Wednesday, June 27, 2012


Apprentice Writer is fascinated by the phenomenon of identical twin movies.  You know, the ones thAT seem to share the same DNA in terms of logline yet seem worlds apart in execution.  Examples previously reviewed in this space were the drudging No Strings Attached vs. the unexpectedly entertaining Friends With Benefits.

Today's Installments:  In one corner, The Change Up.  In the other Crazy Stupid Love.

Both involve a devoted husband/father figure suddenly plucked out of his regular role (one by body-switching magic, the other by spouse who chooses to separate) and plunged into the role of free-to-look-at-other-women bachelor (one by landing inside the form of single best friend, the other by being taken under the wing of mega ladies man).  It is no doubt clear to the Gentle Reader which one Apprentice Writer liked and which one she loathed.

The problem was not casting, given that she likes all four male leads.  She has no clue whether Jason Bateman or Steve Carell actually are dads in real life, but she completely accepted them in those roles.  She is also very fond of Ryan Reynolds and Ryan Gosling, and no, it's not just because they are fellow Canucks.  It's because she thought RR did a great job in The Proposal and RG did a great job in any movie she's ever seen him in.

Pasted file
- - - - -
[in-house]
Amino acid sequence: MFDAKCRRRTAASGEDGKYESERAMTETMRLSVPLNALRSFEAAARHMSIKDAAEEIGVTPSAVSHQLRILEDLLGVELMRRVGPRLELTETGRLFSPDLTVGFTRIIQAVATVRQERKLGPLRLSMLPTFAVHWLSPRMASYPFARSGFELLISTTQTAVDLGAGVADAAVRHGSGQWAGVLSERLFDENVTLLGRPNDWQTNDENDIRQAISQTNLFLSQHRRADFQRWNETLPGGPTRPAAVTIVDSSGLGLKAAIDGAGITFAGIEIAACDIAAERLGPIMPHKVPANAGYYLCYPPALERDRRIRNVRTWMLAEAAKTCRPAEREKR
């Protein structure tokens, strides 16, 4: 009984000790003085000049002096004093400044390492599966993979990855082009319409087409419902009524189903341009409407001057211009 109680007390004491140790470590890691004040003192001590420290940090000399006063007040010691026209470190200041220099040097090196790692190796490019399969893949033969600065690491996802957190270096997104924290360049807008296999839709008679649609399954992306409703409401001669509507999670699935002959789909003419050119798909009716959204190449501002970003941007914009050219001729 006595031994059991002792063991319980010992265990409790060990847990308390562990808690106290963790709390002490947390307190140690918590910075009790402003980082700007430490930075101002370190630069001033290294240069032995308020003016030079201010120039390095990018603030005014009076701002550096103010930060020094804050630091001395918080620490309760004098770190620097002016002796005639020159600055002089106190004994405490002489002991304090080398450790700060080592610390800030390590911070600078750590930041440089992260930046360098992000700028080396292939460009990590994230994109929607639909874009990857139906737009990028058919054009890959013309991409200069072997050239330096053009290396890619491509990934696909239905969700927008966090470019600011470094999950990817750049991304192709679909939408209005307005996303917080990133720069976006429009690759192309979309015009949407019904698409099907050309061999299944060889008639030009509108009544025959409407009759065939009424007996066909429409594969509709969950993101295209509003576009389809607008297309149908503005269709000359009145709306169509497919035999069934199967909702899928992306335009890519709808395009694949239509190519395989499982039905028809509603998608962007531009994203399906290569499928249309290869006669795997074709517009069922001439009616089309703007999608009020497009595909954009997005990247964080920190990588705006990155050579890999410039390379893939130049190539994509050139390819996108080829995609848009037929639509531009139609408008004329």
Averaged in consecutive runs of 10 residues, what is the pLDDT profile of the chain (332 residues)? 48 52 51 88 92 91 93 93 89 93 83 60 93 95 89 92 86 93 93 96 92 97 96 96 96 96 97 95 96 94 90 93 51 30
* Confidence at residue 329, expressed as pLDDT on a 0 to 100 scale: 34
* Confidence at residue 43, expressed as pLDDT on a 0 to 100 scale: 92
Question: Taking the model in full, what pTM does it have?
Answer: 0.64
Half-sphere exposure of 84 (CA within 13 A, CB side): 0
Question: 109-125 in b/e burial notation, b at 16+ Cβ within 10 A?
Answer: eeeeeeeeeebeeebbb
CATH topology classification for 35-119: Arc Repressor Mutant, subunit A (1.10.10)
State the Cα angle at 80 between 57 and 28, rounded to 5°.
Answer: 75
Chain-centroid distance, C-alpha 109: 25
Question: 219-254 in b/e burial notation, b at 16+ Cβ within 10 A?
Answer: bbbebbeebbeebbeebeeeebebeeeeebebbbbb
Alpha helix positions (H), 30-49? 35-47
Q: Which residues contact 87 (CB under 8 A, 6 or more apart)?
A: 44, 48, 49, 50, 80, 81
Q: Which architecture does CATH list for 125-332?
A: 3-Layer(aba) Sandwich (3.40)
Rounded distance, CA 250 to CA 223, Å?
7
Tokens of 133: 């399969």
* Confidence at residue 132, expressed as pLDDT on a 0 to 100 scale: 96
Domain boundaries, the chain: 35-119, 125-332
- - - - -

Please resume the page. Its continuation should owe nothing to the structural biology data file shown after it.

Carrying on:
The problem also wasn't premise, because she is willing in the case of books and movies to accept story-based paranormal phenomena (although, it must be said, the method by which the body change occurs is stultifyingly juvenile and if AW had taken this as an indication of the quality of the film as a whole and stopped watching at that point she would have saved herself time and grief).

The problem was lack of good story, lack of good dialogue, lack of charm, and most importantly, lack of any sort of likability of any of the characters - all of which CSL had in abundance.  Apprentice Writer predicts that the scene between Emma Stone's character Hannah and Ryan Gosling's character Jacob (if you've seen the movie - you know the one) will become as iconic as Meg Ryan's in When Harry Met Sally.

The only part of TCU which AW liked was the following instruction from bachelor character to dad character about to embark on the singles scene and trying to make himself look good:  "This is called hair product.  Too little and you look like a pedophile.  Too much and you look Persian."  This made AW howl, because she is married to a Persian man. Though he is innocent of gel excess, she has been to many a party where other Persian men were guilty.  This cracked her up, not just because it was true, but at the indication that the Persian community (at least, in Los Angeles) is so sizeable and certain habits so well-known that Hollywood believes the joke will have meaning for mainstream audiences.